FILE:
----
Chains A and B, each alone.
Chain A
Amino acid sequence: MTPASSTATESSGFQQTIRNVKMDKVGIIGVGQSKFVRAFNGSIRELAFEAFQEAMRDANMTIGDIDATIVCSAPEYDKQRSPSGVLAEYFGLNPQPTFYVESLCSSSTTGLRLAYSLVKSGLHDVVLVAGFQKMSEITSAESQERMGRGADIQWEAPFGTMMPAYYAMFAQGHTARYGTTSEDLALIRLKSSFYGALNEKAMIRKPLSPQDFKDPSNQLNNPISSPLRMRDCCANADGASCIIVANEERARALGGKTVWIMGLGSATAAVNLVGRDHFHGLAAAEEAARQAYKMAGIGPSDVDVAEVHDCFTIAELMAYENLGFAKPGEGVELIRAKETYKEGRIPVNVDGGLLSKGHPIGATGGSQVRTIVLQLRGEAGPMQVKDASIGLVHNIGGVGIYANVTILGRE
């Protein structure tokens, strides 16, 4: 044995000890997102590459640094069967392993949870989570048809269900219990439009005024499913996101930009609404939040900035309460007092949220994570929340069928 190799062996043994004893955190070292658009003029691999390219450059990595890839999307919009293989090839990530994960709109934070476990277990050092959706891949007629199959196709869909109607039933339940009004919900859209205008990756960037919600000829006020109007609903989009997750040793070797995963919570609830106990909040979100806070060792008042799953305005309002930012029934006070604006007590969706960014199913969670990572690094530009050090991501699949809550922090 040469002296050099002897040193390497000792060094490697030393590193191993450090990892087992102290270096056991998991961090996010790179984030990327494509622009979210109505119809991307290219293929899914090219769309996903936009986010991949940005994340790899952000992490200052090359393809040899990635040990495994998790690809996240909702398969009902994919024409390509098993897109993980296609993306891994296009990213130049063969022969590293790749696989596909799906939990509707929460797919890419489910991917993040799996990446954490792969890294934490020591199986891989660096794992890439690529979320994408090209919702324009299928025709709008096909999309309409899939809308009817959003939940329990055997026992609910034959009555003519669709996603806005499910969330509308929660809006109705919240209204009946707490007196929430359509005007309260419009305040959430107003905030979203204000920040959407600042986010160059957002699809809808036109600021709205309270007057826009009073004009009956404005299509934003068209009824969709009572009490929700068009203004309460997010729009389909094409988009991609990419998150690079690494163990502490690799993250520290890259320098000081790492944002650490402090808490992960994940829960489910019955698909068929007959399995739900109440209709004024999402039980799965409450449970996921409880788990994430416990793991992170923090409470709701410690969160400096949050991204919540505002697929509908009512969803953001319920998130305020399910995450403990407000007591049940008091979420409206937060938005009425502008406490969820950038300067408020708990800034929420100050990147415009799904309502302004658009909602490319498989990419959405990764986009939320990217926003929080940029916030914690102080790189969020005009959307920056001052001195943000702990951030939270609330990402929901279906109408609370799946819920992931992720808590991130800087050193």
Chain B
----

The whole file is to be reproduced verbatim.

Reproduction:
Chains A and B, each alone.
Chain A
Amino acid sequence: MTPASSTATESSGFQQTIRNVKMDKVGIIGVGQSKFVRAFNGSIRELAFEAFQEAMRDANMTIGDIDATIVCSAPEYDKQRSPSGVLAEYFGLNPQPTFYVESLCSSSTTGLRLAYSLVKSGLHDVVLVAGFQKMSEITSAESQERMGRGADIQWEAPFGTMMPAYYAMFAQGHTARYGTTSEDLALIRLKSSFYGALNEKAMIRKPLSPQDFKDPSNQLNNPISSPLRMRDCCANADGASCIIVANEERARALGGKTVWIMGLGSATAAVNLVGRDHFHGLAAAEEAARQAYKMAGIGPSDVDVAEVHDCFTIAELMAYENLGFAKPGEGVELIRAKETYKEGRIPVNVDGGLLSKGHPIGATGGSQVRTIVLQLRGEAGPMQVKDASIGLVHNIGGVGIYANVTILGRE
């Protein structure tokens, strides 16, 4: 044995000890997102590459640094069967392993949870989570048809269900219990439009005024499913996101930009609404939040900035309460007092949220994570929340069928 190799062996043994004893955190070292658009003029691999390219450059990595890839999307919009293989090839990530994960709109934070476990277990050092959706891949007629199959196709869909109607039933339940009004919900859209205008990756960037919600000829006020109007609903989009997750040793070797995963919570609830106990909040979100806070060792008042799953305005309002930012029934006070604006007590969706960014199913969670990572690094530009050090991501699949809550922090 040469002296050099002897040193390497000792060094490697030393590193191993450090990892087992102290270096056991998991961090996010790179984030990327494509622009979210109505119809991307290219293929899914090219769309996903936009986010991949940005994340790899952000992490200052090359393809040899990635040990495994998790690809996240909702398969009902994919024409390509098993897109993980296609993306891994296009990213130049063969022969590293790749696989596909799906939990509707929460797919890419489910991917993040799996990446954490792969890294934490020591199986891989660096794992890439690529979320994408090209919702324009299928025709709008096909999309309409899939809308009817959003939940329990055997026992609910034959009555003519669709996603806005499910969330509308929660809006109705919240209204009946707490007196929430359509005007309260419009305040959430107003905030979203204000920040959407600042986010160059957002699809809808036109600021709205309270007057826009009073004009009956404005299509934003068209009824969709009572009490929700068009203004309460997010729009389909094409988009991609990419998150690079690494163990502490690799993250520290890259320098000081790492944002650490402090808490992960994940829960489910019955698909068929007959399995739900109440209709004024999402039980799965409450449970996921409880788990994430416990793991992170923090409470709701410690969160400096949050991204919540505002697929509908009512969803953001319920998130305020399910995450403990407000007591049940008091979420409206937060938005009425502008406490969820950038300067408020708990800034929420100050990147415009799904309502302004658009909602490319498989990419959405990764986009939320990217926003929080940029916030914690102080790189969020005009959307920056001052001195943000702990951030939270609330990402929901279906109408609370799946819920992931992720808590991130800087050193």
Chain B